The very best examples of technology changing the world for the better is where systems are used to amplify human effort. In the areas of healthcare and education, in particular, it will be virtually impossible to train enough teachers and open enough schools to cope with growing populations of young people.

Likewise in healthcare, medical networks are stressed to capacity thanks to the fact that more of us live longer – and therefore need more care – and shortages of trained staff and infrastructure mean huge inequalities in the standard of care between rich and poor in countries like South Africa.

One company that thinks it has a technology which can help is networking giant Cisco. A specialist in business communications and video conferencing, it’s looking at ways it can bring its know-how to healthcare in South Africa, and will be demonstrating its Care-at-a-Distance technology at the My World of Tomorrow (MWOT) tech expo in Sandton next week.

Cisco’s Conrad Steyn explains that by using technology developed for high definition video conferencing in the corporate world, Care-at-a-Distance could be used to provide rural clinics and hospitals with access to medical professionals from better equipped centres anywhere in the world.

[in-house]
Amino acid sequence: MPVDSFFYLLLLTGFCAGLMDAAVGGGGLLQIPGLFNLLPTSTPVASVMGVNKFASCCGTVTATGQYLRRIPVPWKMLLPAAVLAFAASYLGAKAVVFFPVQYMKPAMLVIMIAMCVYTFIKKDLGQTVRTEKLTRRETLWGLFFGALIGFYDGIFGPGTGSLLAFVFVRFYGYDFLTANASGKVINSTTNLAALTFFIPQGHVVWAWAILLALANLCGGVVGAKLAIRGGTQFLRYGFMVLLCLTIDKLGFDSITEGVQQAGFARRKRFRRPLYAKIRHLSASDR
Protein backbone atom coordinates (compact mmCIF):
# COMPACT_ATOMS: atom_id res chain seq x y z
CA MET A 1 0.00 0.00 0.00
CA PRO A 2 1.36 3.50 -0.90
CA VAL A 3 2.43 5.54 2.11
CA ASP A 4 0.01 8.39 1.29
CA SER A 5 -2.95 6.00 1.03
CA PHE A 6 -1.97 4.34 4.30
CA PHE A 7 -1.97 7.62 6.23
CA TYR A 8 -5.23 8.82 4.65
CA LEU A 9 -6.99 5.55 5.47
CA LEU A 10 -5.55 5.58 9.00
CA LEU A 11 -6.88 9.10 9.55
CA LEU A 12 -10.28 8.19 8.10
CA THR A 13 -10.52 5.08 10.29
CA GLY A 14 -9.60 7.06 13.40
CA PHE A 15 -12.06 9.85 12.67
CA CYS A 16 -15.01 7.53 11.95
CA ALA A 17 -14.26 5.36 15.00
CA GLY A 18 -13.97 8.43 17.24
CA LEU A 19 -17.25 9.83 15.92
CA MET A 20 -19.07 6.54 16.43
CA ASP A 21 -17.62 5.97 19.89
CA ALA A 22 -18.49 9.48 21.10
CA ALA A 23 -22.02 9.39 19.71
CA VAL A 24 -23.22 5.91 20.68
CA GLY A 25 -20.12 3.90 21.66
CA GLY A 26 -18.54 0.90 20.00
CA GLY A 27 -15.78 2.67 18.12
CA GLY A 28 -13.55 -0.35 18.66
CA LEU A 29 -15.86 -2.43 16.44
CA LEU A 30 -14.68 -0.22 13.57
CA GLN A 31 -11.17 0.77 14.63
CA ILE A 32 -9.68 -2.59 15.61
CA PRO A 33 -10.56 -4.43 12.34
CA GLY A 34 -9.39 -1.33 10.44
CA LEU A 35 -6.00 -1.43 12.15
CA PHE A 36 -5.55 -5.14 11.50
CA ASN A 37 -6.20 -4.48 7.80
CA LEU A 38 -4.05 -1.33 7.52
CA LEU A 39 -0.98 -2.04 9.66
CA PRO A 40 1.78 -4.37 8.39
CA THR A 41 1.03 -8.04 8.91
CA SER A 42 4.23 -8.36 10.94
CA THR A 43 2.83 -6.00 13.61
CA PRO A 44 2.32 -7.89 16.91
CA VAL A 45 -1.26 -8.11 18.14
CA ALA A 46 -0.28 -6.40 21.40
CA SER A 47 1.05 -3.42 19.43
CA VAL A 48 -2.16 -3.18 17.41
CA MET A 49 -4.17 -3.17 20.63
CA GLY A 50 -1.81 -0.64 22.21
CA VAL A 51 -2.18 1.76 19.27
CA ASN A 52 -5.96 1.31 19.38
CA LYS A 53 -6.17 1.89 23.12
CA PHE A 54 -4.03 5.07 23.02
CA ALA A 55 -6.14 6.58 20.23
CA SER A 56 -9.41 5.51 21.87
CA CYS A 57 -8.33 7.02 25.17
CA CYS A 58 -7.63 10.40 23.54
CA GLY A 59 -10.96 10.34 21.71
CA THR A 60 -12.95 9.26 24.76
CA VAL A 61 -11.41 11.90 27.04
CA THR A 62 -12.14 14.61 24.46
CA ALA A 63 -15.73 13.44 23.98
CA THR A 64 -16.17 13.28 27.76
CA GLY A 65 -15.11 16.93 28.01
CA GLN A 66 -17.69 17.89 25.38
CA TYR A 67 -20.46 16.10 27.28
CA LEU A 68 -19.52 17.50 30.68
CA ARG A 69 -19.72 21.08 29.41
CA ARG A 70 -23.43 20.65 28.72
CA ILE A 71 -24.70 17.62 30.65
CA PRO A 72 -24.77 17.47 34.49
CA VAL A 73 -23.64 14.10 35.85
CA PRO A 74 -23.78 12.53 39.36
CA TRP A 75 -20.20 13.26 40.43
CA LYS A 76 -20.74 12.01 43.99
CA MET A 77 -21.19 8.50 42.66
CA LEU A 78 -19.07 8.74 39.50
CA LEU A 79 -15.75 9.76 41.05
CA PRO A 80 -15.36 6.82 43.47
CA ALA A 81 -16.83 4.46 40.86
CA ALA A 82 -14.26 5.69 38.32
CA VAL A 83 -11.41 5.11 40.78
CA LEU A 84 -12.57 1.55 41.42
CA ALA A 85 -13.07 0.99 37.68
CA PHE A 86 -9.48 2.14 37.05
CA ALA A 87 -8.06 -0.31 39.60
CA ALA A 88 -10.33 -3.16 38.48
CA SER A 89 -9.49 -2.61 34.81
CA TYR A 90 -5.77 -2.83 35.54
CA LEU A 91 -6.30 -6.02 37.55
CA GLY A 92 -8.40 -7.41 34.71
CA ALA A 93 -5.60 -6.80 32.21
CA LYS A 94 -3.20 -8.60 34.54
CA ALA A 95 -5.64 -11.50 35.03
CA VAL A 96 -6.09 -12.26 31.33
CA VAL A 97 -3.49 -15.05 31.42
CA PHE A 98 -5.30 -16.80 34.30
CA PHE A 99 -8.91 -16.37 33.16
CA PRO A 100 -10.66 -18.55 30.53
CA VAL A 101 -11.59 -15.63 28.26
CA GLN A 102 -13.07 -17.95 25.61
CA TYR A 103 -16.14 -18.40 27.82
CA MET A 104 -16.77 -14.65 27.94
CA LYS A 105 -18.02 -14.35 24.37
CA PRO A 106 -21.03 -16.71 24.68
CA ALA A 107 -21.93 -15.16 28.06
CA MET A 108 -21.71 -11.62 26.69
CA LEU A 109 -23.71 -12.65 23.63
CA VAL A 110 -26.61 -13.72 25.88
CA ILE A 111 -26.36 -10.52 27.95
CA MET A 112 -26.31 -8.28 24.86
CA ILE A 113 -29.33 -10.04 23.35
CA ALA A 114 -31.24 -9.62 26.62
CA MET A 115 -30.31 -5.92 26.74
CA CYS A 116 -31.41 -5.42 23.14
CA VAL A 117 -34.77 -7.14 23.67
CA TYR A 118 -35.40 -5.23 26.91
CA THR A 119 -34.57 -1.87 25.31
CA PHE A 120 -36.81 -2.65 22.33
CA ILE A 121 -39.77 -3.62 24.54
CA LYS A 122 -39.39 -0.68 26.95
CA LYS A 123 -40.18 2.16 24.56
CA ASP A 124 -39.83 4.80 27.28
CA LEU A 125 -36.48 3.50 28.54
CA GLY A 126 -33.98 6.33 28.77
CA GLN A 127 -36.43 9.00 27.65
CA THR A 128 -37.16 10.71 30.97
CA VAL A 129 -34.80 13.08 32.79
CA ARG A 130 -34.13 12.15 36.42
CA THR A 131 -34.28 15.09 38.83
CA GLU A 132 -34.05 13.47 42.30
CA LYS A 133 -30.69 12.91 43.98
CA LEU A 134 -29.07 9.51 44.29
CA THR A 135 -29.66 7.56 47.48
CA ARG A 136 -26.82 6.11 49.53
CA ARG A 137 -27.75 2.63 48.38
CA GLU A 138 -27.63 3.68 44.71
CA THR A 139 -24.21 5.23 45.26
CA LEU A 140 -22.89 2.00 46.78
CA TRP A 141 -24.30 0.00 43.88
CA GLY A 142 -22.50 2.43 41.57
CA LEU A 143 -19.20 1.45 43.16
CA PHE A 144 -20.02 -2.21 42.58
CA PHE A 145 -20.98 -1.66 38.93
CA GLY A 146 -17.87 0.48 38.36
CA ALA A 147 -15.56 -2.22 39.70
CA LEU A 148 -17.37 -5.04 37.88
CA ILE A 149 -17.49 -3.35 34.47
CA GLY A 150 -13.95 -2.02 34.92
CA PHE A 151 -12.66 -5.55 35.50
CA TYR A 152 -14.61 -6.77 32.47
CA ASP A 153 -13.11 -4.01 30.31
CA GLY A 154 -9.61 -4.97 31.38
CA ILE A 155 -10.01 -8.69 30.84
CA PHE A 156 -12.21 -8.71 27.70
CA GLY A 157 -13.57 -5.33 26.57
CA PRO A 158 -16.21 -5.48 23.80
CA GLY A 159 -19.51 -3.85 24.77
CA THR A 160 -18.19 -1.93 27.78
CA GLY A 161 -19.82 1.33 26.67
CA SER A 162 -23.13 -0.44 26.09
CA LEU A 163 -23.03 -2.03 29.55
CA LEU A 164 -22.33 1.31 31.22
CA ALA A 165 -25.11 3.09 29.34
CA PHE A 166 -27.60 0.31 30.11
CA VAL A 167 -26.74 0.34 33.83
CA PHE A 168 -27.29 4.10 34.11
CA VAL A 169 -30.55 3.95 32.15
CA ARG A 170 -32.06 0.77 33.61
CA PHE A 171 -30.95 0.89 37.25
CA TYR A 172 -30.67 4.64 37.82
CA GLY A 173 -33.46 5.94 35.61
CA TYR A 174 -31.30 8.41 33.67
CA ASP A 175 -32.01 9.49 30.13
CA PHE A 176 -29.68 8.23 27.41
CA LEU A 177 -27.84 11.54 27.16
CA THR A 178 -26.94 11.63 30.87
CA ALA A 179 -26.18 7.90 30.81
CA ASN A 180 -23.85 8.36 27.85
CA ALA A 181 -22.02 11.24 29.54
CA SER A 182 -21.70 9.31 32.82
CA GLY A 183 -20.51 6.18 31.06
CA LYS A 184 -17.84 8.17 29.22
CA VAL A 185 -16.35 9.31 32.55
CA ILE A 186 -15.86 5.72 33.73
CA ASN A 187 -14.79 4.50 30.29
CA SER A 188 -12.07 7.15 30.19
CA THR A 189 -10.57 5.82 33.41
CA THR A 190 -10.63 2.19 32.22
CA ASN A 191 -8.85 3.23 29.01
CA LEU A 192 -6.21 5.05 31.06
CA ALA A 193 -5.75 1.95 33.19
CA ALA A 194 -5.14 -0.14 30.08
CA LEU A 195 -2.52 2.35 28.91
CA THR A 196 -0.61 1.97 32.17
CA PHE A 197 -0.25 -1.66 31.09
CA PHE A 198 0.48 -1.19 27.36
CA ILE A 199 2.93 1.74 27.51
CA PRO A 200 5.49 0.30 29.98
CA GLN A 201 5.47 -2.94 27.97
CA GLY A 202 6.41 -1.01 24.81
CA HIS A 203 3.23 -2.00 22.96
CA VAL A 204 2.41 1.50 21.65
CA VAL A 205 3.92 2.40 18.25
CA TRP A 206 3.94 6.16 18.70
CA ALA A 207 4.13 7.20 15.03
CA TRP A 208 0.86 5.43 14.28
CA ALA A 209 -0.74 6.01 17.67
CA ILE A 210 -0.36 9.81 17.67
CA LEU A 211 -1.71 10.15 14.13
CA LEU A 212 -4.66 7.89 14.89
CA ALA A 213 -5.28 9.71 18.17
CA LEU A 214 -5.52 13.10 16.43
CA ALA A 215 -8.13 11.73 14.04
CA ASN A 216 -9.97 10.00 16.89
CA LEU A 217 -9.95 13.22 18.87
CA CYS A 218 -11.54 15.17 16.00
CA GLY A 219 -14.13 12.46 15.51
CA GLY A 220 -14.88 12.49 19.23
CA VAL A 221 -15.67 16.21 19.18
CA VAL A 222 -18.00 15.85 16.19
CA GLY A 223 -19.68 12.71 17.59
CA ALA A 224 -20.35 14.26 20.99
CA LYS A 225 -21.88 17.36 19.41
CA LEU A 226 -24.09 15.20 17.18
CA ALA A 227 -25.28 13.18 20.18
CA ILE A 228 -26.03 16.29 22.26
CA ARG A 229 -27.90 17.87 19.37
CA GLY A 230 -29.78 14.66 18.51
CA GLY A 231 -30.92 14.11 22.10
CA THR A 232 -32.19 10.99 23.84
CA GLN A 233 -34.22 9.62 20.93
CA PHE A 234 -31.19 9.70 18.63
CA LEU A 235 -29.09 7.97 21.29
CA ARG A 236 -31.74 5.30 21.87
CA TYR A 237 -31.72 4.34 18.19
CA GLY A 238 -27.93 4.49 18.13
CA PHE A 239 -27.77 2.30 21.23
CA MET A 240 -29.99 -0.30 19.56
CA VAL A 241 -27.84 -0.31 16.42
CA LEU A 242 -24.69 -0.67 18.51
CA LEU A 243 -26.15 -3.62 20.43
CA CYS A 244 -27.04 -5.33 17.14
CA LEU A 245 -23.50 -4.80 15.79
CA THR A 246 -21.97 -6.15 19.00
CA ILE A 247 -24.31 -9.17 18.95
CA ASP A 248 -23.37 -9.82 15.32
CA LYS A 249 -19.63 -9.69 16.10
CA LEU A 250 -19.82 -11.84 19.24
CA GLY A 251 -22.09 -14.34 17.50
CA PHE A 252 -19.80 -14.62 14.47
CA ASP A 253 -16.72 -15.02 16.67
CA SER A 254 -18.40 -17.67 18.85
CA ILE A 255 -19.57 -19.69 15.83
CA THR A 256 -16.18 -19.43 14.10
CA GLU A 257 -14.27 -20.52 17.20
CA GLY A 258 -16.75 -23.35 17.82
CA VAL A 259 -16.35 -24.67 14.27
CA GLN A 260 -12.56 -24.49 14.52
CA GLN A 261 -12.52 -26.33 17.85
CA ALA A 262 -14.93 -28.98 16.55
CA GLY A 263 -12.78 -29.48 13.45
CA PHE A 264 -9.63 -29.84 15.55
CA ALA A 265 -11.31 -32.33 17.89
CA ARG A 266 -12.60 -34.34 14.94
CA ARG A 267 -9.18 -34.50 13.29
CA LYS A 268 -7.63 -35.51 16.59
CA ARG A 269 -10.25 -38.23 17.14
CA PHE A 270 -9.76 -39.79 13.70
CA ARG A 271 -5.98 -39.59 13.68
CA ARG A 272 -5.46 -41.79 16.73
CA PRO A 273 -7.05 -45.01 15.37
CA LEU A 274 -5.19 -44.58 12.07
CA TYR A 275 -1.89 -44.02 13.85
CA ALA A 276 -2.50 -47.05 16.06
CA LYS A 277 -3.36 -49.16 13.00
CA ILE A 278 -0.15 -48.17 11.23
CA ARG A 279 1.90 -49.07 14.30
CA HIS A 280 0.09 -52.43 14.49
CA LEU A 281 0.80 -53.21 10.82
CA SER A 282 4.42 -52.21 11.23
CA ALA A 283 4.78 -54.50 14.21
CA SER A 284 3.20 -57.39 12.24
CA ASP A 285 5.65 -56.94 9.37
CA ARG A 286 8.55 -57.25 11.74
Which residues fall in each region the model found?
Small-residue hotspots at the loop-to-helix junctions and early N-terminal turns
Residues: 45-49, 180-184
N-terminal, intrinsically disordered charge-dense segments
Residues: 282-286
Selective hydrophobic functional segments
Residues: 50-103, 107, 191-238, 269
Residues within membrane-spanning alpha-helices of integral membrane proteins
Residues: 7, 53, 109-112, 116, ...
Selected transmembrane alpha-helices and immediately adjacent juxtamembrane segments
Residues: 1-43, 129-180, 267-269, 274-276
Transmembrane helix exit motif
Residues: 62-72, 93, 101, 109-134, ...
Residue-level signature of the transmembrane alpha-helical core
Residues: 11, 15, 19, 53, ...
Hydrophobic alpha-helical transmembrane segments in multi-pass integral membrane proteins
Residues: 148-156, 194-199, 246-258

“With our Care-at-a-Distance solution you can share healthcare and use specialised resources like doctors and consultants and use them in a previously disadvantaged environment, anything from high end community hospitals to wellness centres” Steyn says, “It’s a connected health ecosystem and shape global health systems without boundaries.”

While Care-at-a-Distance hasn’t yet been deployed in South Africa, it’s just one of many technologies on display at MWOT that will be viewable by the general public.

Steyn says that it was important for Cisco to get involved with MWOT in order to help add context to the “internet of things” – a phrase often heard in mainstream media now but still difficult for many to understand.

“One of the big focuses at the moment is in car devices and driving the connected environment,” he explains, “But there’s a lot to talk about. In mining, for example, we’re doing a lot of asset tracking with RFID chips embedded in carts and so on, and from a physical security point of view, there’s RFID access cards combined with streaming video.”

Steyn believes that South Africa is on the cusp of an explosion in connectivity, and it’s best to be prepared.

“Video is becoming a megatrend,” he says, “Video traffic on the internet in South Africa is projected to grow six fold by 2018, it’s prolific.”

htxt.africa is a media partner for the My World of Tomorrow show, which is open to the public in Sandton Convention Centre from 16th to 18th October.